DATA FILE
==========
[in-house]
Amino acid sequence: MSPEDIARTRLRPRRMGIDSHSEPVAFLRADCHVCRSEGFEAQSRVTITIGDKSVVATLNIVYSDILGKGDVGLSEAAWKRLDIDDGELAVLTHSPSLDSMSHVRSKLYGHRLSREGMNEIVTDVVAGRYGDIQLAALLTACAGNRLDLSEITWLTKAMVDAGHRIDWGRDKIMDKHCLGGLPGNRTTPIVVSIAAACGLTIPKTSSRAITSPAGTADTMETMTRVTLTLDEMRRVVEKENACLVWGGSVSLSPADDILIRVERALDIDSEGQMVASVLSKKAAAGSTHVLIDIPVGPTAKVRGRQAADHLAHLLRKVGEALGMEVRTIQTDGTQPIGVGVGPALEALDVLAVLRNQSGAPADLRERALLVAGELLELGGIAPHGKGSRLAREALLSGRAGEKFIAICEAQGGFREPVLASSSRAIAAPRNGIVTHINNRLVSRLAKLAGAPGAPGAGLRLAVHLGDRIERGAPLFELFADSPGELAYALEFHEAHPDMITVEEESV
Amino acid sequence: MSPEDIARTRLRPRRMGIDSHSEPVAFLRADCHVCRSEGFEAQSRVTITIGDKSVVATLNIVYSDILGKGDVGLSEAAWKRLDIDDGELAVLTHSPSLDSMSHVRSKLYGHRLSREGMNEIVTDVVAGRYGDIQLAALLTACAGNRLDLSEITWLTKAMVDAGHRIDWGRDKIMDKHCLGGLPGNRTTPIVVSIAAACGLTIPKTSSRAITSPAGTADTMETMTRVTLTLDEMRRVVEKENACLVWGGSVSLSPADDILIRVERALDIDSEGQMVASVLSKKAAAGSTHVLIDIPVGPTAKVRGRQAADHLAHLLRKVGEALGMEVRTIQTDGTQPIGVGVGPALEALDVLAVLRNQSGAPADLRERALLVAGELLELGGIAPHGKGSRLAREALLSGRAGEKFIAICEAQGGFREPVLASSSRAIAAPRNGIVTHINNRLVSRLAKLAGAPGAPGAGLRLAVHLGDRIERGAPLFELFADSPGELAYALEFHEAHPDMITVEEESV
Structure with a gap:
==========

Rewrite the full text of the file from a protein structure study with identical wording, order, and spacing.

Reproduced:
[in-house]
Amino acid sequence: MSPEDIARTRLRPRRMGIDSHSEPVAFLRADCHVCRSEGFEAQSRVTITIGDKSVVATLNIVYSDILGKGDVGLSEAAWKRLDIDDGELAVLTHSPSLDSMSHVRSKLYGHRLSREGMNEIVTDVVAGRYGDIQLAALLTACAGNRLDLSEITWLTKAMVDAGHRIDWGRDKIMDKHCLGGLPGNRTTPIVVSIAAACGLTIPKTSSRAITSPAGTADTMETMTRVTLTLDEMRRVVEKENACLVWGGSVSLSPADDILIRVERALDIDSEGQMVASVLSKKAAAGSTHVLIDIPVGPTAKVRGRQAADHLAHLLRKVGEALGMEVRTIQTDGTQPIGVGVGPALEALDVLAVLRNQSGAPADLRERALLVAGELLELGGIAPHGKGSRLAREALLSGRAGEKFIAICEAQGGFREPVLASSSRAIAAPRNGIVTHINNRLVSRLAKLAGAPGAPGAGLRLAVHLGDRIERGAPLFELFADSPGELAYALEFHEAHPDMITVEEESV
Amino acid sequence: MSPEDIARTRLRPRRMGIDSHSEPVAFLRADCHVCRSEGFEAQSRVTITIGDKSVVATLNIVYSDILGKGDVGLSEAAWKRLDIDDGELAVLTHSPSLDSMSHVRSKLYGHRLSREGMNEIVTDVVAGRYGDIQLAALLTACAGNRLDLSEITWLTKAMVDAGHRIDWGRDKIMDKHCLGGLPGNRTTPIVVSIAAACGLTIPKTSSRAITSPAGTADTMETMTRVTLTLDEMRRVVEKENACLVWGGSVSLSPADDILIRVERALDIDSEGQMVASVLSKKAAAGSTHVLIDIPVGPTAKVRGRQAADHLAHLLRKVGEALGMEVRTIQTDGTQPIGVGVGPALEALDVLAVLRNQSGAPADLRERALLVAGELLELGGIAPHGKGSRLAREALLSGRAGEKFIAICEAQGGFREPVLASSSRAIAAPRNGIVTHINNRLVSRLAKLAGAPGAPGAGLRLAVHLGDRIERGAPLFELFADSPGELAYALEFHEAHPDMITVEEESV
Structure with a gap: